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Teachings From 1 Chronicles

June 16, 2011 Leave a comment

One of the great benefits of my genre-based reading plan (based on the Horner Ten List Reading Plan) is that it forces frequent reading of all the Bible, including parts that we would normally not read.  Of course, that also means reading through the more tedious sections of the Old Testament, of which 1 Chronicles ranks high on the list.  Even so, through repeated readings of 1 Chronicles along with other Old Testament books, I now at least recognize more of the names of people and places from other places, and notice a few little gems here and there.  After all, the popular “Prayer of Jabez” from several years ago came from 1 Chronicles, and other interesting points concerning certain Bible characters come out as well.

Though commentaries exist for 1 Chronicles, it’s not popular sermon material, at least for expository verse-by-verse preaching.  From my Internet perusing I’ve come across individual topical sermons from 1 Chronicles, including a few from W.A. Criswell and Charles Spurgeon.  Recently, though, I’ve noticed a few devotional applications from 1 Chronicles — in some of Spurgeon’s “Morning and Evening” devotionals.

As part of Spurgeon’s topical style, some of his devotionals do not directly relate to the context of 1 Chronicles — such as the one in which he takes the words “and these are ancient things” from 1 Chron. 4:22, and applies it to the ancient plans and purposes of God, whereas the text is describing some ancient genealogical records of particular families.  However, in a devotional from a text in 1 Chron. 5:22 (“There fell down many slain, because the war was of God.”) he at least partly related the text to its actual reference, emphasizing the point that they won because “the war was of God.”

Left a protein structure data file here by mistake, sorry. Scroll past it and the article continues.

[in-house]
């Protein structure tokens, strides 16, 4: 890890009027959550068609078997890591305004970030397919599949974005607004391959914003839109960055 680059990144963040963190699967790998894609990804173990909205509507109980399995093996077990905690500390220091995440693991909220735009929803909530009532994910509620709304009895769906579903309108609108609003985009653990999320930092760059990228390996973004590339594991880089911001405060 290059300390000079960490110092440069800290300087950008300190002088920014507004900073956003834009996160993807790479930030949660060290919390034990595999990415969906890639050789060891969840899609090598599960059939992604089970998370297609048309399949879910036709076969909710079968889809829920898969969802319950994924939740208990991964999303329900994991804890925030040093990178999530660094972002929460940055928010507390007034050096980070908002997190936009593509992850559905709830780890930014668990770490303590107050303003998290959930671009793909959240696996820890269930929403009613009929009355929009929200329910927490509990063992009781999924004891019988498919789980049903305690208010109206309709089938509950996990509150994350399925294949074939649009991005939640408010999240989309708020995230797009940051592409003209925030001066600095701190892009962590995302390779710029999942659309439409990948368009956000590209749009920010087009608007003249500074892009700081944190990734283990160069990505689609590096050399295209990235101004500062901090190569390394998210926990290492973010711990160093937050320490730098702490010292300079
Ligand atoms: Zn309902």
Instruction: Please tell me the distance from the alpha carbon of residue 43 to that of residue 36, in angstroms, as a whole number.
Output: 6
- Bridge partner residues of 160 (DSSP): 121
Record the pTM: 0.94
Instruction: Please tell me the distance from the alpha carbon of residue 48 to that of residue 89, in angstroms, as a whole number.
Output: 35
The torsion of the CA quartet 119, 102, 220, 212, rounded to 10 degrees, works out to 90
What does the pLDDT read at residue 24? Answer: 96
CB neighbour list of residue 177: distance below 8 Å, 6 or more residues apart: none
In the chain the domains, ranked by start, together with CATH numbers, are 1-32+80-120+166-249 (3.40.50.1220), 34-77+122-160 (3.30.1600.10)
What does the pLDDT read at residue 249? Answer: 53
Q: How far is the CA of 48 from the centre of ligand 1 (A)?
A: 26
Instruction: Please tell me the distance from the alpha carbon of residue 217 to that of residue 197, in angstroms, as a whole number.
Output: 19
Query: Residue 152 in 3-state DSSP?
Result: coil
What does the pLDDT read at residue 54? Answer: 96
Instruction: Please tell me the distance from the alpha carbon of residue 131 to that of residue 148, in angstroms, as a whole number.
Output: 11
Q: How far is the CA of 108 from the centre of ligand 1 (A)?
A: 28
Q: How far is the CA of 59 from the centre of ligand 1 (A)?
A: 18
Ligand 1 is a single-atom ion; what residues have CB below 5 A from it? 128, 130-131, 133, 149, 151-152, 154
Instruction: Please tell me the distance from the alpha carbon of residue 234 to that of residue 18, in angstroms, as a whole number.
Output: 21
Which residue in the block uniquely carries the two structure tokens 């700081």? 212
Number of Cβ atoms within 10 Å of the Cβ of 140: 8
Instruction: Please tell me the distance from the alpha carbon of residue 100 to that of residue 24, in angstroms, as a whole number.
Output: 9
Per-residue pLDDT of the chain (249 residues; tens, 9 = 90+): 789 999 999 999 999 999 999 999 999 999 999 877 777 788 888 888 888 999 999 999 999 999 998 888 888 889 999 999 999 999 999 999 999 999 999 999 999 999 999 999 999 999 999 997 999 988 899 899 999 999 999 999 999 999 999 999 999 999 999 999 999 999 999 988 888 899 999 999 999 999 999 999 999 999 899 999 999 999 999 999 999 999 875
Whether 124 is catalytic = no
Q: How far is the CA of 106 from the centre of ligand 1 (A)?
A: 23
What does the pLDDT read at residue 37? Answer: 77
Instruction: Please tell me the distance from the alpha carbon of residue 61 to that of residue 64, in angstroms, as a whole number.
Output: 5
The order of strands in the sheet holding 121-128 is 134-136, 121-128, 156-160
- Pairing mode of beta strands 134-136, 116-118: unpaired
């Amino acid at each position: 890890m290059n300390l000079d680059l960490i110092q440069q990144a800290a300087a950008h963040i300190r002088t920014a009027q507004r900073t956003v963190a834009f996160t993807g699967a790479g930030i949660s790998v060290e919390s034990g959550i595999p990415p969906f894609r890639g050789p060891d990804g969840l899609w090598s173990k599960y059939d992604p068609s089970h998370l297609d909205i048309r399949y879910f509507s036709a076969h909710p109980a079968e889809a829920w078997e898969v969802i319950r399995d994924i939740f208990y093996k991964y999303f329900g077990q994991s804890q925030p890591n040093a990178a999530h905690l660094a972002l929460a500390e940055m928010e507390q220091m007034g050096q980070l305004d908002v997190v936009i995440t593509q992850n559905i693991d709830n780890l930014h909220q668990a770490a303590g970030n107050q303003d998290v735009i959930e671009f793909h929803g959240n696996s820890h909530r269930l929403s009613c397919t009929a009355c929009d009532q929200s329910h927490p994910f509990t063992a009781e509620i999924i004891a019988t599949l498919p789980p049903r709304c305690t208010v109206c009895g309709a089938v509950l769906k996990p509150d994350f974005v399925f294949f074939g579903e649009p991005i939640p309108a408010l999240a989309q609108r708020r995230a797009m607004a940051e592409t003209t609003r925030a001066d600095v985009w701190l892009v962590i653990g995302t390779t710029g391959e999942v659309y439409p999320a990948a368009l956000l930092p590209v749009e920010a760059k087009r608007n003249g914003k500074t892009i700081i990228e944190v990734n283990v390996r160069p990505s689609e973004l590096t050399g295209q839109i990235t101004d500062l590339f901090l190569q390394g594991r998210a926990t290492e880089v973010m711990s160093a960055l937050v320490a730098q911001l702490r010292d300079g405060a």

Spurgeon’s devotional for June 3 for 1 Chron. 4:23 is also interesting, with good thoughts concerning a short passage about some potters who worked for the king.  We only know a little about these people, otherwise ordinary people doing common work (pottery), and most would read over the text with little if any thought.  From this reading I learned of differing translations, for the phrase that these “dwelt among plants and hedges” in the KJV is instead rendered as “inhabitants of Netaim and Gederah” in modern versions.  Thus all that Spurgeon said about people dwelling among plants and hedges may not have actually been the case.  Even so, Spurgeon made some good points about common workers who kept to their appointed places, living in a rural area, yet doing royal work, “the king’s work.”

From the closing words of this devotional:

It is when we are in his work that we may reckon upon his smile. Ye unknown workers who are occupied for your Lord amid the dirt and wretchedness of the lowest of the low, be of good cheer, for jewels have been found upon dunghills ere now, earthen pots have been filled with heavenly treasure, and ill weeds have been transformed into precious flowers. Dwell ye with the King for his work, and when he writes his chronicles your name shall be recorded.

The Means of Grace

October 23, 2010 Leave a comment

I just recently learned the phrase “means of grace,” as a Christian expression that goes back at least several hundred years in Christian history.  A recent BibChr post highlighted both terms in its reference to another blogger who considered whether private devotions were more of a “spiritual discipline” instead of “means of grace.”  As Dan Phillips and others observed, it’s really a “both / and” rather than one aspect (public worship) being more important or “higher level” than the other.